The Nets are prepared to match any offer to keep restricted free agent Nic Claxton, according to a report from A second-round pick in 2019, the 23-year-old center will be on the market this summer after spending three years in Brooklyn. He averaged 8.7 points and 5.6 rebounds this season, mostly in a backup role, and his numbers have improved each year.

An Eastern Conference general manager told Sean Deveney that there’s interest in Claxton on the open market, speculating that the Hornets or Bulls might give him an offer above the mid-level exception, possibly around $35MM over three years.

“(The Nets) are not sold on him as the big guy of the future but at that number, they’d keep him around, and know they can move him in a deal next summer if they have something better in mind,” the GM said. “Trouble is, they’ve got a short window here so they can’t wait for him too long. But (Brooklyn GM Sean Marks) is a believer in development and they are not going to give up on him that fast.”

There’s more on the Nets:

  • The Celtics could be Brooklyn’s main competition for free agent Bruce Brown, Deveney adds in a separate story. Brown will be unrestricted after accepting the Nets’ qualifying offer last summer, and Boston coach Ime Udoka got to know him while serving as an assistant coach for Brooklyn last season. “He might be out of their price range in the end and maybe he goes back to Brooklyn,” a rival executive told Deveney, “but Ime was an assistant there and we’ve seen that carries some weight with who they bring in. He was good in that Celtics series. If he can’t get a big offer, they could sneak in with him on a one-and-one (one year, with a player option) deal and put him to good use.”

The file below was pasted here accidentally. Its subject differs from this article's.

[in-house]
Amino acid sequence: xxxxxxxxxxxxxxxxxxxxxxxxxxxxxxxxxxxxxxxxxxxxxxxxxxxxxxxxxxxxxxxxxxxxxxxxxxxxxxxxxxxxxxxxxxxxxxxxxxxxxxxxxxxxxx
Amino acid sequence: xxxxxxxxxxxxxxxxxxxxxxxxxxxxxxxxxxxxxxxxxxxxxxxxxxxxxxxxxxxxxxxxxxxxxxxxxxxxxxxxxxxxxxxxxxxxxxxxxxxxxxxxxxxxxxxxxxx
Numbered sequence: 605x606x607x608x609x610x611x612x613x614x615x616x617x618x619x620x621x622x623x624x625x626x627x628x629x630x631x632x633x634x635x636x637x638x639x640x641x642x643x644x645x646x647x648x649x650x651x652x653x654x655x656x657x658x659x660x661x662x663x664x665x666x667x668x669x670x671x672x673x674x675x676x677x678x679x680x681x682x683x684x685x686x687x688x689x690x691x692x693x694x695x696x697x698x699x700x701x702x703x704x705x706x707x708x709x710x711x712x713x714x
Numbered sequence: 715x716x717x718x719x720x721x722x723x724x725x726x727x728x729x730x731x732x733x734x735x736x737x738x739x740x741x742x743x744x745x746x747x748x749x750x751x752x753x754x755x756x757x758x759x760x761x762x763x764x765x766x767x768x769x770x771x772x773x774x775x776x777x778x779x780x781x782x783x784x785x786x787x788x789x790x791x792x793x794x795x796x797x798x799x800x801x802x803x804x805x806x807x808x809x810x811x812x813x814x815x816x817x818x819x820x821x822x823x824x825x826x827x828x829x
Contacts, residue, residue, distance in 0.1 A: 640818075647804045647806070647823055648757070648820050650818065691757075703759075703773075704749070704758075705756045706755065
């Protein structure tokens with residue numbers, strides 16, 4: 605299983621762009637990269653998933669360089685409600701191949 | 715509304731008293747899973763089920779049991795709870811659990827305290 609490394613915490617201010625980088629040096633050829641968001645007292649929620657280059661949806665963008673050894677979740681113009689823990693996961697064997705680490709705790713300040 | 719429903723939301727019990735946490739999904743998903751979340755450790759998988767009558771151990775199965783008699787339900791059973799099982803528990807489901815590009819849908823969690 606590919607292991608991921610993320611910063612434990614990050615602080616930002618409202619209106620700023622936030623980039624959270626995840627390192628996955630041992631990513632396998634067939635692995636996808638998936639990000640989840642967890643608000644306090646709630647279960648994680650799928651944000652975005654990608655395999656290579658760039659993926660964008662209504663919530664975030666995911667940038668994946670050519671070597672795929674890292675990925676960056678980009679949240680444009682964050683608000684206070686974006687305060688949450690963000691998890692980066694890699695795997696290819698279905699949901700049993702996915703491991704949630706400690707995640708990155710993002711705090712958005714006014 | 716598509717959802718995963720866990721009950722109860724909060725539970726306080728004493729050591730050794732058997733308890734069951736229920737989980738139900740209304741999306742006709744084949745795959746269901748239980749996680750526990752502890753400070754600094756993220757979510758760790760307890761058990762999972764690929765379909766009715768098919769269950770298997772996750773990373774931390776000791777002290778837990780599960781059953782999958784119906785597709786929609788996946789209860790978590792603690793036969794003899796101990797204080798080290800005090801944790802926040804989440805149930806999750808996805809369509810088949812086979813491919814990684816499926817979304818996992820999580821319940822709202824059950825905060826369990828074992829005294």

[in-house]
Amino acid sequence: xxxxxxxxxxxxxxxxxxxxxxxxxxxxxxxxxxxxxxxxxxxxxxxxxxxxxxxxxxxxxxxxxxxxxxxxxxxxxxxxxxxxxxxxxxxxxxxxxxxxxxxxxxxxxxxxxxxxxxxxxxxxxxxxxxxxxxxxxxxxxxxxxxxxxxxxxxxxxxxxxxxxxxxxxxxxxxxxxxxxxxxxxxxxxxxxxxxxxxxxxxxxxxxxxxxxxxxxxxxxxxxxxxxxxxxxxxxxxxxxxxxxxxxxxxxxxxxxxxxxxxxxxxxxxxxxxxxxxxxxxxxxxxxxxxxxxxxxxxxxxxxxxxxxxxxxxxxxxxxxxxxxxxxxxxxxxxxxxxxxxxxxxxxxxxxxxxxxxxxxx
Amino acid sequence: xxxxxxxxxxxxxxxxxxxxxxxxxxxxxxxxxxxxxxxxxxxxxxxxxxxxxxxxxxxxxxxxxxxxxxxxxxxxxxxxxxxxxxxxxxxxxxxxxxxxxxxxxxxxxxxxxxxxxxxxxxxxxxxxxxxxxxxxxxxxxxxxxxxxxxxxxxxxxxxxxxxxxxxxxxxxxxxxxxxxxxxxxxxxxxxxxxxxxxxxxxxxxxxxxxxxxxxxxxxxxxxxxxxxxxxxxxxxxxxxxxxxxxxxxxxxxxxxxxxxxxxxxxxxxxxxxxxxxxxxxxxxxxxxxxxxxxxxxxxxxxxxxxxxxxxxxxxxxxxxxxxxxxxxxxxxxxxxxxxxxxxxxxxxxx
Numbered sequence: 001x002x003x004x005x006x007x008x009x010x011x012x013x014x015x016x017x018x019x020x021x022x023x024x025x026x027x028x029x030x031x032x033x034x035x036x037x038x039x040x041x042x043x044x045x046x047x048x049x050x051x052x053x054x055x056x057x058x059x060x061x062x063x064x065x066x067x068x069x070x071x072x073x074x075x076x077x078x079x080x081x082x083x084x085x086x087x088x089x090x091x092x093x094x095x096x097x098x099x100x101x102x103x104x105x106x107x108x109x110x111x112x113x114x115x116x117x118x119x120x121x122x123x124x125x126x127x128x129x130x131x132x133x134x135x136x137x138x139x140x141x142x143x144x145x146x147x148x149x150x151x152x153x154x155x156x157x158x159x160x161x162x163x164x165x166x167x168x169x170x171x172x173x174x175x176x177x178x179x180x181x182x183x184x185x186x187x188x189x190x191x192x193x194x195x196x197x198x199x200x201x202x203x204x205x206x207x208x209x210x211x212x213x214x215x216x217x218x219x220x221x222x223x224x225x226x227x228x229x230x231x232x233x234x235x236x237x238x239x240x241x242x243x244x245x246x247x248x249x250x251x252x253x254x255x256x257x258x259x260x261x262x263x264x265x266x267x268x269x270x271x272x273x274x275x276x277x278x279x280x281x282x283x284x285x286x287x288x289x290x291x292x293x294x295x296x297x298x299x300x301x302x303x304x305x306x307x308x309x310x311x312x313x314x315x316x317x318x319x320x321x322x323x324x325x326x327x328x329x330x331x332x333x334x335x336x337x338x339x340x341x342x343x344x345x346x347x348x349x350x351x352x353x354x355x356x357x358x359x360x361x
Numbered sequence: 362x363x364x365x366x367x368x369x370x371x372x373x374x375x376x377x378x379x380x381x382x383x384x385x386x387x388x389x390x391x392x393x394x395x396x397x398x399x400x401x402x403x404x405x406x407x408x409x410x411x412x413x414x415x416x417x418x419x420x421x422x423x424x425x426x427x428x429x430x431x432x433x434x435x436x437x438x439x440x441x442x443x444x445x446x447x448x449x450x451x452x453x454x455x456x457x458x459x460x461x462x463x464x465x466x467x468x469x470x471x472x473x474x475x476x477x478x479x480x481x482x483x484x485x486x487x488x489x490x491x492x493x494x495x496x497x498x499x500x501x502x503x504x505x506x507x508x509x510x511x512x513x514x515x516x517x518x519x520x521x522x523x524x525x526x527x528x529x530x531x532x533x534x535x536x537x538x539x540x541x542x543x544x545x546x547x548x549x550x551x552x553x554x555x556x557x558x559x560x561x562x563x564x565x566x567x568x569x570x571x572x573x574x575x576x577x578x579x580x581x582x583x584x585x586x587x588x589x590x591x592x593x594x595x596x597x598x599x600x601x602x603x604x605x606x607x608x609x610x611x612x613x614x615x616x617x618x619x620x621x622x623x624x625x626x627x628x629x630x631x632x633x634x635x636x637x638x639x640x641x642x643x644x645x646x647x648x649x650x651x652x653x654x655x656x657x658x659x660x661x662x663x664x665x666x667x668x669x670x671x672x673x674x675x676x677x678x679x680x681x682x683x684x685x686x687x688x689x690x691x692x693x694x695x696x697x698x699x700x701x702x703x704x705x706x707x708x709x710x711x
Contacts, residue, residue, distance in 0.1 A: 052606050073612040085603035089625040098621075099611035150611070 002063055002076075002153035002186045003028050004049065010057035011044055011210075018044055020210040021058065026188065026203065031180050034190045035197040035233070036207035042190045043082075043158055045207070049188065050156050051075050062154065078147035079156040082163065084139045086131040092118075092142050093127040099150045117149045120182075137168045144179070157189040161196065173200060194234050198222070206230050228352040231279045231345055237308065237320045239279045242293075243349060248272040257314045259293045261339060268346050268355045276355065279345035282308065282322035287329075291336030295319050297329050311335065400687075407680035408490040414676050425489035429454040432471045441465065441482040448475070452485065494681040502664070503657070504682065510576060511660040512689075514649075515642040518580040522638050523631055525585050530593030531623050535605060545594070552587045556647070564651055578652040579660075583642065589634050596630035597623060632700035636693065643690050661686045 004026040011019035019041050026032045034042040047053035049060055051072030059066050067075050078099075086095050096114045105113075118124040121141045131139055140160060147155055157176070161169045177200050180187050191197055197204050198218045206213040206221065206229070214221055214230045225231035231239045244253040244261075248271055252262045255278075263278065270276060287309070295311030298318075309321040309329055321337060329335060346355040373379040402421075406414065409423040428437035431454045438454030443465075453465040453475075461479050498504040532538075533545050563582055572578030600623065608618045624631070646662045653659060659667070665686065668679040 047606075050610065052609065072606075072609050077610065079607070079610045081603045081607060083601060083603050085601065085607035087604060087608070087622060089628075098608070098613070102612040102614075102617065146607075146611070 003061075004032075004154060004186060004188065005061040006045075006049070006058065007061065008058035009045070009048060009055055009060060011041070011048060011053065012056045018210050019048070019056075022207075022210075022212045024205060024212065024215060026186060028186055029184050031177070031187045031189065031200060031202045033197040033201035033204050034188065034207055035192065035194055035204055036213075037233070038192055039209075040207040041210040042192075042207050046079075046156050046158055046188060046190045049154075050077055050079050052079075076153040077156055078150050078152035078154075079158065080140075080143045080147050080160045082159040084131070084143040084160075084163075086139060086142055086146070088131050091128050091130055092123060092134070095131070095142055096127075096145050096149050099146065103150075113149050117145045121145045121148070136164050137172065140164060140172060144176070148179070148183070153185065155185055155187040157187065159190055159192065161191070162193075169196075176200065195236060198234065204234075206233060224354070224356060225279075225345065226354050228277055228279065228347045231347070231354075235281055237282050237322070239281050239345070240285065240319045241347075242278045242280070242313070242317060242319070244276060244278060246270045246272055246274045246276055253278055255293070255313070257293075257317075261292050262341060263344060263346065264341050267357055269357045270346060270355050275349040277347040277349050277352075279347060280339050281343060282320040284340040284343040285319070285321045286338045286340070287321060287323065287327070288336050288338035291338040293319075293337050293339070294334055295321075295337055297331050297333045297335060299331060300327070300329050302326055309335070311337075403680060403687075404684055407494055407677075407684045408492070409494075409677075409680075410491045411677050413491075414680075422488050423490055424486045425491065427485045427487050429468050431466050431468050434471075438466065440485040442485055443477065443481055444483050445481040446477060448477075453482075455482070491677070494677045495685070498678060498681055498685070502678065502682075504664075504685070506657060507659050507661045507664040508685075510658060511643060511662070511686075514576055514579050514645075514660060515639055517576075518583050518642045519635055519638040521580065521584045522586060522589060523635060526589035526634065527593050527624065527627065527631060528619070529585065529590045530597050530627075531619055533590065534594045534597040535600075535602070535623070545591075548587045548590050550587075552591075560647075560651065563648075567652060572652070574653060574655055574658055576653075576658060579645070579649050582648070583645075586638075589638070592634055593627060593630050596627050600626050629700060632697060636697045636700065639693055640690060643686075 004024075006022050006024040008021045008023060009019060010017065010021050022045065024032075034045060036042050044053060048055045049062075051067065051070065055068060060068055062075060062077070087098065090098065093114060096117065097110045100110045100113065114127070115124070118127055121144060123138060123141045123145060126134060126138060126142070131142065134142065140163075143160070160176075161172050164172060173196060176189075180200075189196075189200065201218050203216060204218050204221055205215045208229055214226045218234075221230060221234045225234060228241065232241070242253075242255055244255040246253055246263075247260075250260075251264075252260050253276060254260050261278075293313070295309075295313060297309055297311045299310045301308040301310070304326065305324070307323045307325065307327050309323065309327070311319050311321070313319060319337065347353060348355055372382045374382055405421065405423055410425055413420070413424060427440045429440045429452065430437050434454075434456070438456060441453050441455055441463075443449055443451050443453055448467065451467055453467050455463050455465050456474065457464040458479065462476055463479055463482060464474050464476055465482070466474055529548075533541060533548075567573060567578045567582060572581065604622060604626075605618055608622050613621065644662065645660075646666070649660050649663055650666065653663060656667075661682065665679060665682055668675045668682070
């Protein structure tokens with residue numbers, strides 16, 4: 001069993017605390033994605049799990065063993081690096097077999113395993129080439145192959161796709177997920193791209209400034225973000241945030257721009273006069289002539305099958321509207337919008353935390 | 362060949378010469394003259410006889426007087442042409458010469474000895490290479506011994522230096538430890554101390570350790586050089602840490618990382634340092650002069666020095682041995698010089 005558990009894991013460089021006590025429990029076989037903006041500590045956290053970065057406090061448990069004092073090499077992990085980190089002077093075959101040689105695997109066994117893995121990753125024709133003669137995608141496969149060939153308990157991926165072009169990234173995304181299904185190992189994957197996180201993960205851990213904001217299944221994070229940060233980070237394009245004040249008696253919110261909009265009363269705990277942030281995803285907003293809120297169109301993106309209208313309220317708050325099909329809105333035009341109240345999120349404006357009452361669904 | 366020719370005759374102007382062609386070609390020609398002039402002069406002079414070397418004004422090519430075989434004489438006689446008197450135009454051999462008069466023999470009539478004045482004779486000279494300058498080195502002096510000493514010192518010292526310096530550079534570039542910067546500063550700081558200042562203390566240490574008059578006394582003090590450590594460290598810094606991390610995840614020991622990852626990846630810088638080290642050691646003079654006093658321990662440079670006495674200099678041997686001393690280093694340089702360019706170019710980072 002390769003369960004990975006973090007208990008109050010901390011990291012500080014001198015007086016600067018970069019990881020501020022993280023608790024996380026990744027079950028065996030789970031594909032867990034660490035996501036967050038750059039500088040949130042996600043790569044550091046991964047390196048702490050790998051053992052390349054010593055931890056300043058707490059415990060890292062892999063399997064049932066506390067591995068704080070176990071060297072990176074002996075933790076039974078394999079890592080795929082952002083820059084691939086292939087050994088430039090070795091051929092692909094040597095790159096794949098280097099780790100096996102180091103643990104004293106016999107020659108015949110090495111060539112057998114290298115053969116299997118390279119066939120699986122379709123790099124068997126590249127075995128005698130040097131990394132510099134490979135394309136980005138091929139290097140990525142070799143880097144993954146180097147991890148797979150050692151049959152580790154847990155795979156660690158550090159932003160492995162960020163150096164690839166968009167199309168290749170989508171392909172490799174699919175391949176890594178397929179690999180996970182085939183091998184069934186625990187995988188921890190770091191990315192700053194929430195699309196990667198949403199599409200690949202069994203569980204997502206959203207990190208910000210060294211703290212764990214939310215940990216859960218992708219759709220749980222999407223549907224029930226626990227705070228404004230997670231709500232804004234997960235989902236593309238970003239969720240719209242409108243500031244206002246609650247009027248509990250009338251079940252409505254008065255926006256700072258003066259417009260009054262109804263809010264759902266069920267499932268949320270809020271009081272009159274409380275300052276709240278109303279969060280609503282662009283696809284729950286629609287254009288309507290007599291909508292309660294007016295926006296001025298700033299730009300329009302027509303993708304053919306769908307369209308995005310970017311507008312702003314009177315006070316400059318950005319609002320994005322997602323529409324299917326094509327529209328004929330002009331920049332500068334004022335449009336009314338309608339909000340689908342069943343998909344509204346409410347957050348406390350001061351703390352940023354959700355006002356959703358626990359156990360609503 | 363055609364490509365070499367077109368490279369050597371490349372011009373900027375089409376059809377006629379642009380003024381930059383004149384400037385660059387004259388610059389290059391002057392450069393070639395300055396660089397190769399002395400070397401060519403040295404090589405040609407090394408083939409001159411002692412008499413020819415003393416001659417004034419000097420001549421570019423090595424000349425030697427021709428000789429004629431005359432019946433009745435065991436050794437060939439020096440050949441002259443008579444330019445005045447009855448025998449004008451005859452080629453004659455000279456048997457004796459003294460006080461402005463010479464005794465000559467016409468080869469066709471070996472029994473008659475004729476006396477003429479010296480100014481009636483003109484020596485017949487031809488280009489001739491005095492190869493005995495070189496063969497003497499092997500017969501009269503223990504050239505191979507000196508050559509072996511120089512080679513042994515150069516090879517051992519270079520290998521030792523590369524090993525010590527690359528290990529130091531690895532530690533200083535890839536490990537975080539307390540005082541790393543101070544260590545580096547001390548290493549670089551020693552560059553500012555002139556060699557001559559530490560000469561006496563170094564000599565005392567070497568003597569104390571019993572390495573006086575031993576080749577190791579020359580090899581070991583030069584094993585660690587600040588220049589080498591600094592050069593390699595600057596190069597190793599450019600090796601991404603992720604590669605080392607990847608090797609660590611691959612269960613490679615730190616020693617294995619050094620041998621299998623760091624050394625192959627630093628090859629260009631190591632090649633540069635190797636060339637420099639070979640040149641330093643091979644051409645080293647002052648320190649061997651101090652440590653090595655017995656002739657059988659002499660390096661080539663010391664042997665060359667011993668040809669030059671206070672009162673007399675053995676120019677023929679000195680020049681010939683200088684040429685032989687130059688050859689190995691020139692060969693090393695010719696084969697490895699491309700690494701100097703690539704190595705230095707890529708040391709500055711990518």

• Former NBA coach and current TNT broadcaster Stan Van Gundy believes the Nets have to overcome trust issues to be successful next season, according to Brian Lewis of The New York Post. Brooklyn has a talented roster, but Van Gundy hasn’t seen the cohesion necessary to win in the playoffs. “Over time … are guys going to look around and really have trust for other guys? Or will they be looking around saying, ‘You know what, that dude is going to let us down. I know he is. We can’t count on him,’” Van Gundy said. “And so they’ve got a lot to overcome in that way, which I think may even be more important than the talent they put out on the floor.”
  • In another story, Lewis retraces the fall of the Nets’ Big Three and suggests that things may have gone differently if Spencer Dinwiddie hadn’t been injured. Dinwiddie underwent knee surgery on January 4, 2021, and Brooklyn traded for James Harden nine days later.

Atlantic Notes: Tatum, Irving, Brown, Knicks Draft

When the Celtics signed Jayson Tatum to a five-year max extension in November 2020, they were looking for him to deliver superstar performances in the postseason. He did just that in Game 6 against Milwaukee on Friday, Jared Weiss of The Athletic writes. Tatum saved Boston’s season and forced a Game 7 with his 46-point outburst.

“It’s why he gets paid the big bucks. That’s it right there, for moments like that,” Celtics guardMarcus Smart said. “I was telling him the whole game, ‘Just be you, man,’ and he was. That’s what he gets paid to do. That’s what we lean on him to do.”